This class occurred on Election Day, so the student also had us think a little bit about Piatt and politics. After pulling out a few articles and headlines about local politics, the student asked us to think about how Piatt feels about monarchy in her poems “If I Had Made the World” and “A Queen at Home.” (The answer is—she doesn’t like it!) We had a great discussion about Piatt and democracy, even looking back to Whitman to compare how Piatt expresses democratic views in some of these poems versus how Whitman does the same.

 Assessment

Overall, this assignment worked very well. It accomplished what I wanted it to accomplish: the students got more invested in (even excited about) the time period. I liked how the assignment was specific, but also allowed them to go in pretty much any direction they wanted with both the newspaper and the poems. Students had fun with it, often pointing out humorous ads or articles and sharing them with the class. The only times the assignment failed were when students did not follow the instructions or when they made wild surmises about connections between the poet and what was in the newspaper (the latter of which could be gently corrected in class). Overall I would rate this assignment as a success, and I plan to do it again.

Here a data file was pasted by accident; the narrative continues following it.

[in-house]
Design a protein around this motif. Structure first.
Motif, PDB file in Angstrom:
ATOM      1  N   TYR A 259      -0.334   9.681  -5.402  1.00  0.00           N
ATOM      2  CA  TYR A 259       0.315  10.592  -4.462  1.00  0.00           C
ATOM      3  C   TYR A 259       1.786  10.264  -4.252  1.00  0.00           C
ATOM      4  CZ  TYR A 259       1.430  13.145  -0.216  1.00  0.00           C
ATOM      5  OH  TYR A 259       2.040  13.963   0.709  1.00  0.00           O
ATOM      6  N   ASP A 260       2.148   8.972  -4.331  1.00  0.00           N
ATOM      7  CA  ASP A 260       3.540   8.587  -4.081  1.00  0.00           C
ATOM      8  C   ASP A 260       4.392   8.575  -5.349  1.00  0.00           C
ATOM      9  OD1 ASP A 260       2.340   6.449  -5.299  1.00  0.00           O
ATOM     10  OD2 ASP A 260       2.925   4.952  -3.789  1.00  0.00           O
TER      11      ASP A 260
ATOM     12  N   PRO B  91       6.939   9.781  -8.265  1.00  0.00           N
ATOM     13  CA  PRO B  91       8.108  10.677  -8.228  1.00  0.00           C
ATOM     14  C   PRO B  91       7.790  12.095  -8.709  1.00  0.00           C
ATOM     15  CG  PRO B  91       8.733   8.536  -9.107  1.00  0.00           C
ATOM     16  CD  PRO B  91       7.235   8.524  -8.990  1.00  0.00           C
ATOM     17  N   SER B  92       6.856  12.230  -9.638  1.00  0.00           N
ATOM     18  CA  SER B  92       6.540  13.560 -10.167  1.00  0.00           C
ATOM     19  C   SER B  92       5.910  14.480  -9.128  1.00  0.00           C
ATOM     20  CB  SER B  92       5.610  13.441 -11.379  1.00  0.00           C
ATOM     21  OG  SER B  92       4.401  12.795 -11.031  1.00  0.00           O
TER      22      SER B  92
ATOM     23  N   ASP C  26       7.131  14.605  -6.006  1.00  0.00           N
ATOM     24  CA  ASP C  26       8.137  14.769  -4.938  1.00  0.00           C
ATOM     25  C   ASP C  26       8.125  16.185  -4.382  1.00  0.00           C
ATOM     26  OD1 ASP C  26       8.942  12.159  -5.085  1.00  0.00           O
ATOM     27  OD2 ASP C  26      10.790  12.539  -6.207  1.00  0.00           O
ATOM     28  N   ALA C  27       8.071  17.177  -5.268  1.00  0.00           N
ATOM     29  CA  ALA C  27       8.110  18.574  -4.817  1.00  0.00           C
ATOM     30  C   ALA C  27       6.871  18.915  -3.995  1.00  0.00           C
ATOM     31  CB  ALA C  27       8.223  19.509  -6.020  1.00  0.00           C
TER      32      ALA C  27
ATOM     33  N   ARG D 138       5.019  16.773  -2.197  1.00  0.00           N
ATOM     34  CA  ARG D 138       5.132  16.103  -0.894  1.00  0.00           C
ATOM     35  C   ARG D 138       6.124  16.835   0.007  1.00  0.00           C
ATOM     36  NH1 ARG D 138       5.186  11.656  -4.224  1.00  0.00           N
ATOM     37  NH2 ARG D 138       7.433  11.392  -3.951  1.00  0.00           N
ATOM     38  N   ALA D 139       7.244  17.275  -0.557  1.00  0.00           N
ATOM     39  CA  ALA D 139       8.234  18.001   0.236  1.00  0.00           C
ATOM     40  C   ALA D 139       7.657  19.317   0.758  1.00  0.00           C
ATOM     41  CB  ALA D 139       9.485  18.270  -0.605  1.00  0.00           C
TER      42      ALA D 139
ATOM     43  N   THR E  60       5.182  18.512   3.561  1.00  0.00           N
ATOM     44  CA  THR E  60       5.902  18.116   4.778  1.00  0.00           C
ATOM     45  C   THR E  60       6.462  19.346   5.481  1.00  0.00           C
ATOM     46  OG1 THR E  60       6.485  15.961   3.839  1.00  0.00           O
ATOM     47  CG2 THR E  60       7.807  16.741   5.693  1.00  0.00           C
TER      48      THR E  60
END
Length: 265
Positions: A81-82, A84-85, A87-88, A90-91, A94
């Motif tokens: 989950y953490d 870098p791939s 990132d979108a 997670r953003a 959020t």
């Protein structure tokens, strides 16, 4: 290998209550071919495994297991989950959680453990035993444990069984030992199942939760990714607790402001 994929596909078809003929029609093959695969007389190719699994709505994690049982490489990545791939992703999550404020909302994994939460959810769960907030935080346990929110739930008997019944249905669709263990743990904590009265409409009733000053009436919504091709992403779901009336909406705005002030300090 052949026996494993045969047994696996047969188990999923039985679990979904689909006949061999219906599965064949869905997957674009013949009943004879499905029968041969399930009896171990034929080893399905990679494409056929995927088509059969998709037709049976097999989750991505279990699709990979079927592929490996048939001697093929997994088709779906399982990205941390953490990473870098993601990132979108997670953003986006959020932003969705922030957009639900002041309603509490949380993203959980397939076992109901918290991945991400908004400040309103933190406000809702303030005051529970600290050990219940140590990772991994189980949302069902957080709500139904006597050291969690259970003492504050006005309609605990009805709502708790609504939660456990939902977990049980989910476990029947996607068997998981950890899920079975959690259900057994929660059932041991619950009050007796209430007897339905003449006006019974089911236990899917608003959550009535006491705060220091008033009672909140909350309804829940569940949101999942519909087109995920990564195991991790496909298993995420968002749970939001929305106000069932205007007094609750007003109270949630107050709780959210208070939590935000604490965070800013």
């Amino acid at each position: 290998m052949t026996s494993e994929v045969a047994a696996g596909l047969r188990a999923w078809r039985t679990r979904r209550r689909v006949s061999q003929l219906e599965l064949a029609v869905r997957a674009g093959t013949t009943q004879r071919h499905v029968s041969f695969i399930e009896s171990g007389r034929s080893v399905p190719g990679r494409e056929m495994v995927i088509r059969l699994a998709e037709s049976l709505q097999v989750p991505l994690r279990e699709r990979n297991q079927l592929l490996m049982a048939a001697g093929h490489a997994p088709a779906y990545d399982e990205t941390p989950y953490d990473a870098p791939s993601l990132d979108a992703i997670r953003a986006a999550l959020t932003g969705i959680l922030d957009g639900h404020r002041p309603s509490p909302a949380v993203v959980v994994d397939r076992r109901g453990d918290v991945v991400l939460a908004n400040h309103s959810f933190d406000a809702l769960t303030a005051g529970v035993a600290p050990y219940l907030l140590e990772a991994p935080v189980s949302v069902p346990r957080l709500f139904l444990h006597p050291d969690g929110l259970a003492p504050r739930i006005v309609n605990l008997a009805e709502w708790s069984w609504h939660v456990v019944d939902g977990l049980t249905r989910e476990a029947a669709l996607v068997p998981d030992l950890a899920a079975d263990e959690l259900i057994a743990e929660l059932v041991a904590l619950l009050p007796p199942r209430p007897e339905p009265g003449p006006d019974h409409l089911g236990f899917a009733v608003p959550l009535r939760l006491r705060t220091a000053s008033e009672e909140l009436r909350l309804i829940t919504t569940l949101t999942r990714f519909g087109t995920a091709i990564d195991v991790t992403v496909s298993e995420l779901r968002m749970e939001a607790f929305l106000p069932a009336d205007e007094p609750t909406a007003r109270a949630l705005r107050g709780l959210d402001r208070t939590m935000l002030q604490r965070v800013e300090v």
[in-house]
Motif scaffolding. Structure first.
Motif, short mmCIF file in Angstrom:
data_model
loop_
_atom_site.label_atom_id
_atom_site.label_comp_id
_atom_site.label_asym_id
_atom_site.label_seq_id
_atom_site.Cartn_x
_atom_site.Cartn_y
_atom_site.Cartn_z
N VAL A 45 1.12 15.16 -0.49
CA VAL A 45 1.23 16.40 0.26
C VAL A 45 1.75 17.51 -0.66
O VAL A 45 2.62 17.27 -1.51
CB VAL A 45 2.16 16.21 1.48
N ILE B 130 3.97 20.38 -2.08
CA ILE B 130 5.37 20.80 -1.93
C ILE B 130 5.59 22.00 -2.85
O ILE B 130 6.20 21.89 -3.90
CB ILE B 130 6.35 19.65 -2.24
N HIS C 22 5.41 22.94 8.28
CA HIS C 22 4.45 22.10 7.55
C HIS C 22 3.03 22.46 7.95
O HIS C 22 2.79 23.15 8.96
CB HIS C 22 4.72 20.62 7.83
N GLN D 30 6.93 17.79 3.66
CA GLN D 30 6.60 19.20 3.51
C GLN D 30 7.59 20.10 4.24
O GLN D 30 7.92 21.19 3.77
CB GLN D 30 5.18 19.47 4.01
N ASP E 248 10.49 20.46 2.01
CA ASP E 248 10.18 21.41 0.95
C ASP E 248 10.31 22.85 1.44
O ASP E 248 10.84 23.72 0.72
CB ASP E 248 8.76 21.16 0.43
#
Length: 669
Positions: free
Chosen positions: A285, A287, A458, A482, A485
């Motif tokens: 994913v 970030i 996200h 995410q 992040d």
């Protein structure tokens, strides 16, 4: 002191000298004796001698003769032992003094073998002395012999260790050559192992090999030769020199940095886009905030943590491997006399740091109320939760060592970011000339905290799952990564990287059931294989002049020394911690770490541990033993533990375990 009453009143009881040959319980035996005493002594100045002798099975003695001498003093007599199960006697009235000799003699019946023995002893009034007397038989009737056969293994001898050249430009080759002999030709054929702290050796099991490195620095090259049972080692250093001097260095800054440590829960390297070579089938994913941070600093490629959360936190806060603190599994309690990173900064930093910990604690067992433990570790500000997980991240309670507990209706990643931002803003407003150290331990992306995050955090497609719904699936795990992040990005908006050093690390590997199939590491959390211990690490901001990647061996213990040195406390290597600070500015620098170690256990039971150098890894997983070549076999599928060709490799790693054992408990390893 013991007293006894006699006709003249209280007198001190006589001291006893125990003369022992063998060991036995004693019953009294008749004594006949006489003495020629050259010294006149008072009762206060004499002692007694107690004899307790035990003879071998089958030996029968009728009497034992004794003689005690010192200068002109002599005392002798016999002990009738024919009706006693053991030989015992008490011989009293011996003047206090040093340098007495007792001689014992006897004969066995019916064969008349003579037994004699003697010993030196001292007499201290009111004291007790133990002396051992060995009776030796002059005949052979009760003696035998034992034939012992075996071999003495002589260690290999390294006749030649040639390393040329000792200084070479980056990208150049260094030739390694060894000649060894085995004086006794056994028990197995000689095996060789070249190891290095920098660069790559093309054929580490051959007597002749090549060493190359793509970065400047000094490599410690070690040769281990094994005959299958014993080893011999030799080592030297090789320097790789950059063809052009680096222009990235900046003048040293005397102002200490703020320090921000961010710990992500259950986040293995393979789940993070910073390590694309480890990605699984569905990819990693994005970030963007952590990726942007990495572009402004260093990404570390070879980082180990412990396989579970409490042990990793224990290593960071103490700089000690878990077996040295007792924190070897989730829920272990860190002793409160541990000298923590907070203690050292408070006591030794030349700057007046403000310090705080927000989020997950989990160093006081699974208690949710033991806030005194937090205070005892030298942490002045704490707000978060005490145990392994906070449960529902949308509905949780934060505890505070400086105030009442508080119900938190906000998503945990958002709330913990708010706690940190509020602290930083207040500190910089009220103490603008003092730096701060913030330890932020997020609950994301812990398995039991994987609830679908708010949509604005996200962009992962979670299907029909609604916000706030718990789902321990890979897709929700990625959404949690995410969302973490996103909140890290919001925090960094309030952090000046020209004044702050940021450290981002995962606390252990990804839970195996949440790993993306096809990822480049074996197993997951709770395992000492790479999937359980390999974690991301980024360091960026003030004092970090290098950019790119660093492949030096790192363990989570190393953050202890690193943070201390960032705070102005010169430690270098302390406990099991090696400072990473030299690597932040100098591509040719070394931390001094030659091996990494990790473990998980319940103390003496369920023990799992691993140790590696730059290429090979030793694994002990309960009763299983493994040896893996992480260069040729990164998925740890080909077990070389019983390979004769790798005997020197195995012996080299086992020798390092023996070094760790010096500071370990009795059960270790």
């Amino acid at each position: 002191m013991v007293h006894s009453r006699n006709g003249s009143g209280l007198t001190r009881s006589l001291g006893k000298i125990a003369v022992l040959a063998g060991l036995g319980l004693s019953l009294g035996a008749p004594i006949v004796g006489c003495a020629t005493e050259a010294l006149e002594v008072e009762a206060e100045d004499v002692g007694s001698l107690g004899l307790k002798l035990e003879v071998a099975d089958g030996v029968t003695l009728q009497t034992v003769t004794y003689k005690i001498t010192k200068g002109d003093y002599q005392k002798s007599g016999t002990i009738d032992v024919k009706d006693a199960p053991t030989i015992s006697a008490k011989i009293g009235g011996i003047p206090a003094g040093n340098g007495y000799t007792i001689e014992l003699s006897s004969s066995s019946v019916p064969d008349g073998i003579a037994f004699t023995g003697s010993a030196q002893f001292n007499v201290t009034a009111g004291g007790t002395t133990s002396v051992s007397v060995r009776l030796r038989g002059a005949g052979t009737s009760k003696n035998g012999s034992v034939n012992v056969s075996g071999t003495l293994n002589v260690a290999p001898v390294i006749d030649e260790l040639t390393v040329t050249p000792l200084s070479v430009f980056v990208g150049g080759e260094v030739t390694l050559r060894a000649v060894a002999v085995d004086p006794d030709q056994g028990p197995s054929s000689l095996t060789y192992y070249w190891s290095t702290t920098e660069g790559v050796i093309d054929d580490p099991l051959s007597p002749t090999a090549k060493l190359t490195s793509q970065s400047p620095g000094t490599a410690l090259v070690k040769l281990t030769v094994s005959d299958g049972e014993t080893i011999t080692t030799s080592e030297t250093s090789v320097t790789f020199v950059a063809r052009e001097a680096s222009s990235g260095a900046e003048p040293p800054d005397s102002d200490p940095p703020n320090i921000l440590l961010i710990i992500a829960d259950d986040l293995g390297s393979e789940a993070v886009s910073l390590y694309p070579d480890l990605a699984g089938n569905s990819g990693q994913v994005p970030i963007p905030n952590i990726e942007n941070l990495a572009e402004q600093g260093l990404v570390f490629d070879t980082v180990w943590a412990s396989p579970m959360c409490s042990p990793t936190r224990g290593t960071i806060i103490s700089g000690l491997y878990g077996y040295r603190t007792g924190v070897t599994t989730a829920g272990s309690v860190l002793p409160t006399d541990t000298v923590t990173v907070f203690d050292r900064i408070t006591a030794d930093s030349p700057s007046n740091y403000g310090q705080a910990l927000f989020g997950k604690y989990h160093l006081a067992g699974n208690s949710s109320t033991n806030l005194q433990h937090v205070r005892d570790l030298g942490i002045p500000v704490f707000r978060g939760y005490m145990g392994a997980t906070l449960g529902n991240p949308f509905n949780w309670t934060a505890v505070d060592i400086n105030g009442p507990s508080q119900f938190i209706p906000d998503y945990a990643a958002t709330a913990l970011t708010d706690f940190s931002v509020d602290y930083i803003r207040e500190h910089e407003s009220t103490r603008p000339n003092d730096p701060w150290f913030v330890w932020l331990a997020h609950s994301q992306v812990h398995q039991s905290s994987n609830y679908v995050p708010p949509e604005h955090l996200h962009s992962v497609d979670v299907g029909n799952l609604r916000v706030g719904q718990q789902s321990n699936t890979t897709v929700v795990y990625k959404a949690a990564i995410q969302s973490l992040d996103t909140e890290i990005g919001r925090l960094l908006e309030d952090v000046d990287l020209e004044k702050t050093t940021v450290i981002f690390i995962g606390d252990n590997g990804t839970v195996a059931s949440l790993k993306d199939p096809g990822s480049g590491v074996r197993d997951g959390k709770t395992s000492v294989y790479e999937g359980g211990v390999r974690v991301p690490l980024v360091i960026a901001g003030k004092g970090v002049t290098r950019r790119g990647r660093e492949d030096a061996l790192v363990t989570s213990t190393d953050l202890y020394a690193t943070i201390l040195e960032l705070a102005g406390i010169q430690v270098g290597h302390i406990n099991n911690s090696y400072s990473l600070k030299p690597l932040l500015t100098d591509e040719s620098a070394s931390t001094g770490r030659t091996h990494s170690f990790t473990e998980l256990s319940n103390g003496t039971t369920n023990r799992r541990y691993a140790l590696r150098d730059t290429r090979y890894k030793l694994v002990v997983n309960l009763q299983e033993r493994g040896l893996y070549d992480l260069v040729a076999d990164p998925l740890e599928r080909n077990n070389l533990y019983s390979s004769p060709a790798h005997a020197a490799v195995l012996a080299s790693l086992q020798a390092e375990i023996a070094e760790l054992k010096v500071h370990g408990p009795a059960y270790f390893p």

“But I don’t have access to these subscription-only archives,” I hear you saying. Never fear, this assignment will also work with open-access archives, like the Library of Congress’s Chronicling America, which has thousands of digitized newspapers to read for free. If you try this assignment, or some version of it, I hope you’ll let me know how it goes!